July 21, 2017
 
Project Hope Welcomes New Director of Development

Julie Totten
April 11, 2017 — Project Hope, a Boston nonprofit that assists families in the city's Dorchester and Roxbury neighborhoods move up and out of poverty, recently announced that Julie Totten has joined the organization as director of development.

Linda Wood-Boyle, executive director of Project Hope, said, “Project Hope is thrilled to welcome Julie to our team. Julie’s extensive experience in both development and the founding of her own non-profit organization are invaluable assets that will help Project Hope continue to make an impact on the lives of the people we serve and further our efforts to move low-income families up and out of poverty.”

Totten will be responsible for the organization's overall fundraising efforts.

Prior to joining Project Hope, Totten worked in corporate relations at Boston University. From 2001 to 2014, she founded and led Families for Depression Awareness, a national nonprofit organization that reaches millions of families across the country to help them recognize and cope with mood disorders.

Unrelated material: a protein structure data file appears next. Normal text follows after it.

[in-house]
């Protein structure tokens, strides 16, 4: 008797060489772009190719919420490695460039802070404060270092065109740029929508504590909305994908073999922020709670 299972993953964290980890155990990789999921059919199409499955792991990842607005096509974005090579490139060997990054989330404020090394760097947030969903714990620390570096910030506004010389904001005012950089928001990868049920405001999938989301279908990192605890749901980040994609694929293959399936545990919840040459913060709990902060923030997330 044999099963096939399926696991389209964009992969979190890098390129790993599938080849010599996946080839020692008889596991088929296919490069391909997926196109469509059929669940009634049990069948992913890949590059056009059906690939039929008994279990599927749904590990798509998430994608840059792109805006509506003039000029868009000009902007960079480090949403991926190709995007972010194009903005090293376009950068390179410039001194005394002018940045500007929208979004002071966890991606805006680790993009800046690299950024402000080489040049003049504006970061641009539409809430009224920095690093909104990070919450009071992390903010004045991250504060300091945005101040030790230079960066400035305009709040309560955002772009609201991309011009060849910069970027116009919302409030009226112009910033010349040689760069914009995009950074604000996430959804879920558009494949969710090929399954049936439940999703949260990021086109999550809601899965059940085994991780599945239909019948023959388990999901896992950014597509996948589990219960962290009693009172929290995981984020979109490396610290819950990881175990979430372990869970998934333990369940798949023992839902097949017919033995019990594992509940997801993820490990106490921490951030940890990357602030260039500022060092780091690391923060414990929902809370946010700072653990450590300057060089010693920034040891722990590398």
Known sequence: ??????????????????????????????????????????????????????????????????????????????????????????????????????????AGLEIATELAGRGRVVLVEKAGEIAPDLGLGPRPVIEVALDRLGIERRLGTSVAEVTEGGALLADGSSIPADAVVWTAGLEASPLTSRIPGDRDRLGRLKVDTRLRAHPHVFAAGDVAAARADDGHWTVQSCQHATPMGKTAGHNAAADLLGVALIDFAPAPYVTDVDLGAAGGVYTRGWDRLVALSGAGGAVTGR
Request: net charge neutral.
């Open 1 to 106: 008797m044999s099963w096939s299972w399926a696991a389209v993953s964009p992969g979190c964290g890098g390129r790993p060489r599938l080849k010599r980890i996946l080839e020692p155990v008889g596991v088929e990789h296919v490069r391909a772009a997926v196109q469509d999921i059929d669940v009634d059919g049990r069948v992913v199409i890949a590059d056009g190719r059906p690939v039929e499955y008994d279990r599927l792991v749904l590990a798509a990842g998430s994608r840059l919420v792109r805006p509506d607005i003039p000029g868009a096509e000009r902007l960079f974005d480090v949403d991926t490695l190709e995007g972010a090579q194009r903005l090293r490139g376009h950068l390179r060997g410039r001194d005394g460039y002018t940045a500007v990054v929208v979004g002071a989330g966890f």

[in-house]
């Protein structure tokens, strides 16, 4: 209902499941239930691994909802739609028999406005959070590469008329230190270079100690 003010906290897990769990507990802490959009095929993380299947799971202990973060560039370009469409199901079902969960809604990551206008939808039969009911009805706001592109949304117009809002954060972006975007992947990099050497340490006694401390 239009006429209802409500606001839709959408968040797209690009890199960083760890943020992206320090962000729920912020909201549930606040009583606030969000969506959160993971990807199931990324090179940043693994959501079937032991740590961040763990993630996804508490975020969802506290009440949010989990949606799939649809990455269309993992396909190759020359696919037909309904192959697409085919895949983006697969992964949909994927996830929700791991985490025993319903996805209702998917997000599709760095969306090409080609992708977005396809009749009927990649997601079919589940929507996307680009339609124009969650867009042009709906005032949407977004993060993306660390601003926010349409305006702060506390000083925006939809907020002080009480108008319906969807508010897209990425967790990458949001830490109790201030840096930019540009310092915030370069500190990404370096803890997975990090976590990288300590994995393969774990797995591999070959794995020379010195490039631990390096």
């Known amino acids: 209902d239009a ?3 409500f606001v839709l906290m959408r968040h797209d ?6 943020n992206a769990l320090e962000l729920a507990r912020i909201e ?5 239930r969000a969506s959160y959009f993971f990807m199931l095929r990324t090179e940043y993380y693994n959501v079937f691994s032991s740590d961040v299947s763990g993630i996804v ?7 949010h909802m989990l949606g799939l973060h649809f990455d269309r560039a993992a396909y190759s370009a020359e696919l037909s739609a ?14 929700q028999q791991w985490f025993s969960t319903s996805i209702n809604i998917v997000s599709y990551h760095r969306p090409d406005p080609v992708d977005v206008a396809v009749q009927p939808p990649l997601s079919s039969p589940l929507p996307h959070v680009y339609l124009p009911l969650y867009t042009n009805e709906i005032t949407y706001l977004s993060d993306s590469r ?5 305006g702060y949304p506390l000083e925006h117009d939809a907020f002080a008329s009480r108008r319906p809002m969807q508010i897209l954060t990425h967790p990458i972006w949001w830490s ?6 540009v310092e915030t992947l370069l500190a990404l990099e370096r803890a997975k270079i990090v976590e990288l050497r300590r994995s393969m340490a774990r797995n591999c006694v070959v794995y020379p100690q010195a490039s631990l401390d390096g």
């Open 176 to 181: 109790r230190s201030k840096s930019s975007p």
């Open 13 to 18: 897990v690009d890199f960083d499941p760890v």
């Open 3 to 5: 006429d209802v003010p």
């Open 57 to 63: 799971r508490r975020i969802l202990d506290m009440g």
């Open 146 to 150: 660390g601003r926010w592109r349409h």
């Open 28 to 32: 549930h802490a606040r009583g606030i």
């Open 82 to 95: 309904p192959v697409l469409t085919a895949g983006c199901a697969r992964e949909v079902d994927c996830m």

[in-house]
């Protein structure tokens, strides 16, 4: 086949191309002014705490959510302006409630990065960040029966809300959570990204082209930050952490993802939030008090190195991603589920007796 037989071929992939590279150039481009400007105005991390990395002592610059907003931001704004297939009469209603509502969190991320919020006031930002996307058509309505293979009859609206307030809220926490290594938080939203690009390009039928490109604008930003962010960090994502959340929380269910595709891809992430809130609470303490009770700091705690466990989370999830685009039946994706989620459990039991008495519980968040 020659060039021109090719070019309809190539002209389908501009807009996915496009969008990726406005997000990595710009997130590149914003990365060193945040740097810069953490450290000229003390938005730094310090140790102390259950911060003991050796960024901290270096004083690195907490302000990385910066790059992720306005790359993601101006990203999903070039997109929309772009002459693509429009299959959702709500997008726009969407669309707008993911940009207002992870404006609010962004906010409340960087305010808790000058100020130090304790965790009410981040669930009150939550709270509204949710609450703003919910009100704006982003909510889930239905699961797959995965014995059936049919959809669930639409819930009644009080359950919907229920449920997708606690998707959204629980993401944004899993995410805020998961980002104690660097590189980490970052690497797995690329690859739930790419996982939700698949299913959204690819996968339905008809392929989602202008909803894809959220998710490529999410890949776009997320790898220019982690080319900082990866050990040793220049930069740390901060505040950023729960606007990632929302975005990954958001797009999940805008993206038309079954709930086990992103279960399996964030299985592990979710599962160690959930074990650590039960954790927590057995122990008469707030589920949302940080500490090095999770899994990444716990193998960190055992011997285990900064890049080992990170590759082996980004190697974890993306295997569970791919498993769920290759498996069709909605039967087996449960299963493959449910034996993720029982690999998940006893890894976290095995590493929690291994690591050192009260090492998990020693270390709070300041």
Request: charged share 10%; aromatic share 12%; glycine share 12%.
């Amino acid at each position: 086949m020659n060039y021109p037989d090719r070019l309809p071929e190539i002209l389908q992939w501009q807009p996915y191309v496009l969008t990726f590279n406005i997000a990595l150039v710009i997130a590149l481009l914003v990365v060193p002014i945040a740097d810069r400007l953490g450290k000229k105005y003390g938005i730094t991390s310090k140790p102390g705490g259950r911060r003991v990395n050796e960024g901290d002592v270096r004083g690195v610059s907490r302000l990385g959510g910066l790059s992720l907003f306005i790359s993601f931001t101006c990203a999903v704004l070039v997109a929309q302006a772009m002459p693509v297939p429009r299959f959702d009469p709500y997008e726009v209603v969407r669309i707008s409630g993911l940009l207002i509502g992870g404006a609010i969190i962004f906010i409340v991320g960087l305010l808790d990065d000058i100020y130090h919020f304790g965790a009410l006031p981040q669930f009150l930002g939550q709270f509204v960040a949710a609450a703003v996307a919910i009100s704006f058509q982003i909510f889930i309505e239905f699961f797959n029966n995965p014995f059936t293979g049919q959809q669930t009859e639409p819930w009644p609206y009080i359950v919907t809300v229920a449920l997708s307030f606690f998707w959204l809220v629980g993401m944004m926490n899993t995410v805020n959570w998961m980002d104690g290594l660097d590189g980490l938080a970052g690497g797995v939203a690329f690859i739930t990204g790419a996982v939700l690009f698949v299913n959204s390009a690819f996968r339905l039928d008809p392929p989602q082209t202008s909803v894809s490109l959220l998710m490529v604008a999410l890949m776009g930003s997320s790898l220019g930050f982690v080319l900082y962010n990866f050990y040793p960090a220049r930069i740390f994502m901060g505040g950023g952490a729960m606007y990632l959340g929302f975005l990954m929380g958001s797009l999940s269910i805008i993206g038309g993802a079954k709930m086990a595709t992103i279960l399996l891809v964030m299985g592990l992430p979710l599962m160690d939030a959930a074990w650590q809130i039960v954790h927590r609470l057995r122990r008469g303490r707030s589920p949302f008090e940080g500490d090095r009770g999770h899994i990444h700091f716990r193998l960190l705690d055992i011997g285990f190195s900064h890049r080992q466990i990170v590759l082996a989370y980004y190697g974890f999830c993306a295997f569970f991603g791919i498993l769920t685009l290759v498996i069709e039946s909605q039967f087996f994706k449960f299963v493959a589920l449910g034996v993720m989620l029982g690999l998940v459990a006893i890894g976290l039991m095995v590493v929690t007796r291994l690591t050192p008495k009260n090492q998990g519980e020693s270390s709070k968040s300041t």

Totten began her career in marketing -- sales support, advertising, and public relations.

Totten holds a Bachelors in Business Administration degree from the University of Massachusetts, Amherst and an MBA from Babson College.

According to Project Hope, in Boston's neighborhoods of Roxbury, Dorchester, and Mattapan, 42% of children live in poverty and 50% of residents lack a high school diploma. More than 50% of the participants at Project Hope enter the program earning less than $15,000 per year, well below the federal poverty level for a family of four; 40% earn less than $10,000 per year. In addition, 61% are unemployed, and the median income for participants who are working is $17,116.

Founded in 1981 to provide shelter for families and childcare, Project Hope today provides low-income women with children access to education, jobs, housing, and emergency services; fosters their personal transformation; and works for broader systems change.

For the year ending June 30, 2015, Project Hope reported $4.86 million in revenue, of which $4.81 million came from contributions and grants, and $4.83 million in expenses, according to its most recently available federal tax filing.

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